On Wednesday, I was honored to participate in the CGI America meeting in Denver in a panel moderated by Bloomberg Special Correspondent Willow Bay. Other panelists were Former Treasury Secretary Robert Rubin and Jacqueline Hinman, president and CEO, CH2M Hill, a global engineering and manufacturing firm. The title of the discussion was: A New Competitive Era: America in the World.
This was a stimulating hour as Willow navigated us through a range of topics about American competitiveness in the increasingly global economy. As the resident tech guy, I had some opinions about the lack of computer science training and programming being taught in U.S. schools. (I leaned on and promoted my friends at Code.org and their important efforts to push states and U.S. schools to include computer science as part of STEM [science, technology, engineering, and mathematics] curriculum.) What I think surprises most people is that only 1 in 10 U.S. schools offer computer science classes, and when they do it often doesn’t count toward graduation. It’s unbelievable really, especially since it’s not news that we have a supply shortage in the area of computer science and engineering, impacting most tech companies. This led to a discussion about the need for immigration reform to allow qualified workers into this country to fill these jobs, and help fuel even greater growth and innovation. I’ve long supported the simple idea that we should staple a green card to every PhD earned in this country.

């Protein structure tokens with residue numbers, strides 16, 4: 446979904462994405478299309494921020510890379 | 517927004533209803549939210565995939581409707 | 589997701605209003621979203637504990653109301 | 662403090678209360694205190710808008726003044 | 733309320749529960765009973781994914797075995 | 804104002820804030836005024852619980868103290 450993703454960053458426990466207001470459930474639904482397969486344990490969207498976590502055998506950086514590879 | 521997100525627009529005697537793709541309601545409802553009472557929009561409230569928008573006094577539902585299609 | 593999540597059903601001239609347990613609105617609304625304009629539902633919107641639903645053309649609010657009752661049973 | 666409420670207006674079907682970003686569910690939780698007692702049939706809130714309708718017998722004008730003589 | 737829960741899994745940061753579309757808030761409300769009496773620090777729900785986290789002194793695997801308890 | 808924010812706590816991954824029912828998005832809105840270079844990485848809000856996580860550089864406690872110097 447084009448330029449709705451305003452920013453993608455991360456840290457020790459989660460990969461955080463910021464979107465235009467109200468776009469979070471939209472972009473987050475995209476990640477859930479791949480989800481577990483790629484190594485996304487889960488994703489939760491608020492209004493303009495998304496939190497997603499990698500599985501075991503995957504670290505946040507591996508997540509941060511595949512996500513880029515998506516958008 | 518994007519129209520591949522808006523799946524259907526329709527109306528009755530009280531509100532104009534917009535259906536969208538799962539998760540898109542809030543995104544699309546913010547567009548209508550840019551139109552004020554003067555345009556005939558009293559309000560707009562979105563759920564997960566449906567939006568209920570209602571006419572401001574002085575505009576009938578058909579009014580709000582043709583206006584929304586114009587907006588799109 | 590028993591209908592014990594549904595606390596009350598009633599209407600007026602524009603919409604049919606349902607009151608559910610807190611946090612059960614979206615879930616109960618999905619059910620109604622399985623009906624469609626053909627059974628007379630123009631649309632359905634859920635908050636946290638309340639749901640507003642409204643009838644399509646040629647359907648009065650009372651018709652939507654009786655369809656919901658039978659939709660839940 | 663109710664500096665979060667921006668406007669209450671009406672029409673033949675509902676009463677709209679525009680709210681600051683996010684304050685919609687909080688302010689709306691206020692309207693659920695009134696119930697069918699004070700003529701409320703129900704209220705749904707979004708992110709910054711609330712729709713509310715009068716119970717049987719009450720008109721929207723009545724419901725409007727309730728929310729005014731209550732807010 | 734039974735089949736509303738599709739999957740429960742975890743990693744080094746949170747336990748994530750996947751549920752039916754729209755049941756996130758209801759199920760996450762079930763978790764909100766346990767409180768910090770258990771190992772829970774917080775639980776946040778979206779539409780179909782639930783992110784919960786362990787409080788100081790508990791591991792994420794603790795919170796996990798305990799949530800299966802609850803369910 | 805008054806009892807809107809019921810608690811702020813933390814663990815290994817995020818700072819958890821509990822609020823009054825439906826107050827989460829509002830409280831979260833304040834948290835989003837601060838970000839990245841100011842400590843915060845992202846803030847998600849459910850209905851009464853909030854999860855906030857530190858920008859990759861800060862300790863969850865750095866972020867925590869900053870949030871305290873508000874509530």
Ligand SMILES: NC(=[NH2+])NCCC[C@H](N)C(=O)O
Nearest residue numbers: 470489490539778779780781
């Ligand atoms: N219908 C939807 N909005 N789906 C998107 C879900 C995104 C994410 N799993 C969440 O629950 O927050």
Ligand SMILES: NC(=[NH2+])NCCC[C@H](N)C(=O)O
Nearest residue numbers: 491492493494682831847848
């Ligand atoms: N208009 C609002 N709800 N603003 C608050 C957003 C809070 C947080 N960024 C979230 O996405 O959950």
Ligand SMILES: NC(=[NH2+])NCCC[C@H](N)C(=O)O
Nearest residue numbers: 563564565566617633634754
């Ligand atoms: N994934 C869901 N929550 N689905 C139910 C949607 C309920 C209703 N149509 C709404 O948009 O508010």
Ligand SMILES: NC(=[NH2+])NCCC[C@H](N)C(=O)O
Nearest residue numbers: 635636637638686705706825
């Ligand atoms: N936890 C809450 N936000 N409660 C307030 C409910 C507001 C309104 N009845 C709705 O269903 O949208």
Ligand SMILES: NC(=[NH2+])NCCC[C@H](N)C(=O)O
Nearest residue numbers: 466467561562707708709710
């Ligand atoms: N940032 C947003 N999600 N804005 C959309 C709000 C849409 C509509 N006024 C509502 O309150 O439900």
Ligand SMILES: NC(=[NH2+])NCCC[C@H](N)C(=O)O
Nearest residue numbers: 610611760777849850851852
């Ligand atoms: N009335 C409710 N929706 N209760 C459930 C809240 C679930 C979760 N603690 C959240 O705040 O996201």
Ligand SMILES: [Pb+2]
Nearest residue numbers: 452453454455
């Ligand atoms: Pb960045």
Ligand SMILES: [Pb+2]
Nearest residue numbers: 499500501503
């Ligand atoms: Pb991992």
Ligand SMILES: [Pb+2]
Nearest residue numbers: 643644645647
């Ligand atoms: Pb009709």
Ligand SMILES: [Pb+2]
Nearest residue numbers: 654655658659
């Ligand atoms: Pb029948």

Geekwire’s John Cook tuned in via webcast and captured some of the discussion in a post.
After our panel, former President Bill Clinton joined Willow for a one-on-one discussion. I had a great vantage sitting in the front row watching one of the rhetorical masters of our time.
While this was my first exposure to CGI, I was impressed with the format and caliber of attendees, and the emphasis on commitments and follow up. After all, it’s important to have these conversations, but it’s more important to fix the problems and address the barriers that inhibit progress. I like the fact CGI is focused on being more than a forum, but a platform to create solutions across industries, and across the aisles. So far, it seems to be working.
The replay of the panel conversation can be found below: